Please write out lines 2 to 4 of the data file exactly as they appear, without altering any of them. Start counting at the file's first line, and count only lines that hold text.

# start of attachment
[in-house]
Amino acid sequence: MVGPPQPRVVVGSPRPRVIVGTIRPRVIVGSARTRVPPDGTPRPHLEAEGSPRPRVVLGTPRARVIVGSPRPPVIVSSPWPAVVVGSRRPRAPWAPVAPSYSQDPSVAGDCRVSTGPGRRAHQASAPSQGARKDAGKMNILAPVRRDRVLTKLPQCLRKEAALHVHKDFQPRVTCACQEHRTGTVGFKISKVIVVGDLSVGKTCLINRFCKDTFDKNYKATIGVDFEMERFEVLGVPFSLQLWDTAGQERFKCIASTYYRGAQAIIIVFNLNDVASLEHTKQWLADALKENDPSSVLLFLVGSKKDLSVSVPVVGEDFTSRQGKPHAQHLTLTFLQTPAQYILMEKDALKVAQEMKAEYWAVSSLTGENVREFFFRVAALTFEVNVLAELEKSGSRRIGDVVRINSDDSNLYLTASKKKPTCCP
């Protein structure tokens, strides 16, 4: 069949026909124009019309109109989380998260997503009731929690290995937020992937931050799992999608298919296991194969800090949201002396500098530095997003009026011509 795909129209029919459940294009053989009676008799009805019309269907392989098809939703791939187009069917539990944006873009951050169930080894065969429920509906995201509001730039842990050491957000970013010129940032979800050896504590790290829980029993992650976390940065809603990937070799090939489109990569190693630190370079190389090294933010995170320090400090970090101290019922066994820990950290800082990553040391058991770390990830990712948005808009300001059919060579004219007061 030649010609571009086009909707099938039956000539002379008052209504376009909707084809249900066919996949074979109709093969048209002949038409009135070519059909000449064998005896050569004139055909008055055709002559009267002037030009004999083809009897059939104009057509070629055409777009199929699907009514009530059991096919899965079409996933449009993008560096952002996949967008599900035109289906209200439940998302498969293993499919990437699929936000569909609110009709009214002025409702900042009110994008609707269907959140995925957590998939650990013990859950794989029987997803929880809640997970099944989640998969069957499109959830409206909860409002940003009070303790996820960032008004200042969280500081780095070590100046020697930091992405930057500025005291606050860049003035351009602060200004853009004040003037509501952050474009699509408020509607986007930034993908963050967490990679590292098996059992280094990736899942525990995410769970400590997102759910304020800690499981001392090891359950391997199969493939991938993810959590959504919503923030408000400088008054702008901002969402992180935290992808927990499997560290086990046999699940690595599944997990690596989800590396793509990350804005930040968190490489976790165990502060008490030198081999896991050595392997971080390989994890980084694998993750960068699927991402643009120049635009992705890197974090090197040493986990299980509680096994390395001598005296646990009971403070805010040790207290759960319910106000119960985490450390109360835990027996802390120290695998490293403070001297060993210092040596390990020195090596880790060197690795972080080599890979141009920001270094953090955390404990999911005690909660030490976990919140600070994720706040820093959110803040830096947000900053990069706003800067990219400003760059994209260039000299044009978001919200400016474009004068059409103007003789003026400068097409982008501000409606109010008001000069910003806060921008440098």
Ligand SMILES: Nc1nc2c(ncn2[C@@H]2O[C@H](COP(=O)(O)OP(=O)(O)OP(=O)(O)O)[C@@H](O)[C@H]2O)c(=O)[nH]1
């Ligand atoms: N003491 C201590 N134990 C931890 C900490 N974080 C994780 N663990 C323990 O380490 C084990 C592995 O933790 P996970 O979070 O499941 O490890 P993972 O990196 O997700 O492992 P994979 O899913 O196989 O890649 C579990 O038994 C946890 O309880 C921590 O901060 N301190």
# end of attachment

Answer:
Amino acid sequence: MVGPPQPRVVVGSPRPRVIVGTIRPRVIVGSARTRVPPDGTPRPHLEAEGSPRPRVVLGTPRARVIVGSPRPPVIVSSPWPAVVVGSRRPRAPWAPVAPSYSQDPSVAGDCRVSTGPGRRAHQASAPSQGARKDAGKMNILAPVRRDRVLTKLPQCLRKEAALHVHKDFQPRVTCACQEHRTGTVGFKISKVIVVGDLSVGKTCLINRFCKDTFDKNYKATIGVDFEMERFEVLGVPFSLQLWDTAGQERFKCIASTYYRGAQAIIIVFNLNDVASLEHTKQWLADALKENDPSSVLLFLVGSKKDLSVSVPVVGEDFTSRQGKPHAQHLTLTFLQTPAQYILMEKDALKVAQEMKAEYWAVSSLTGENVREFFFRVAALTFEVNVLAELEKSGSRRIGDVVRINSDDSNLYLTASKKKPTCCP
């Protein structure tokens, strides 16, 4: 069949026909124009019309109109989380998260997503009731929690290995937020992937931050799992999608298919296991194969800090949201002396500098530095997003009026011509 795909129209029919459940294009053989009676008799009805019309269907392989098809939703791939187009069917539990944006873009951050169930080894065969429920509906995201509001730039842990050491957000970013010129940032979800050896504590790290829980029993992650976390940065809603990937070799090939489109990569190693630190370079190389090294933010995170320090400090970090101290019922066994820990950290800082990553040391058991770390990830990712948005808009300001059919060579004219007061 030649010609571009086009909707099938039956000539002379008052209504376009909707084809249900066919996949074979109709093969048209002949038409009135070519059909000449064998005896050569004139055909008055055709002559009267002037030009004999083809009897059939104009057509070629055409777009199929699907009514009530059991096919899965079409996933449009993008560096952002996949967008599900035109289906209200439940998302498969293993499919990437699929936000569909609110009709009214002025409702900042009110994008609707269907959140995925957590998939650990013990859950794989029987997803929880809640997970099944989640998969069957499109959830409206909860409002940003009070303790996820960032008004200042969280500081780095070590100046020697930091992405930057500025005291606050860049003035351009602060200004853009004040003037509501952050474009699509408020509607986007930034993908963050967490990679590292098996059992280094990736899942525990995410769970400590997102759910304020800690499981001392090891359950391997199969493939991938993810959590959504919503923030408000400088008054702008901002969402992180935290992808927990499997560290086990046999699940690595599944997990690596989800590396793509990350804005930040968190490489976790165990502060008490030198081999896991050595392997971080390989994890980084694998993750960068699927991402643009120049635009992705890197974090090197040493986990299980509680096994390395001598005296646990009971403070805010040790207290759960319910106000119960985490450390109360835990027996802390120290695998490293403070001297060993210092040596390990020195090596880790060197690795972080080599890979141009920001270094953090955390404990999911005690909660030490976990919140600070994720706040820093959110803040830096947000900053990069706003800067990219400003760059994209260039000299044009978001919200400016474009004068059409103007003789003026400068097409982008501000409606109010008001000069910003806060921008440098």
Ligand SMILES: Nc1nc2c(ncn2[C@@H]2O[C@H](COP(=O)(O)OP(=O)(O)OP(=O)(O)O)[C@@H](O)[C@H]2O)c(=O)[nH]1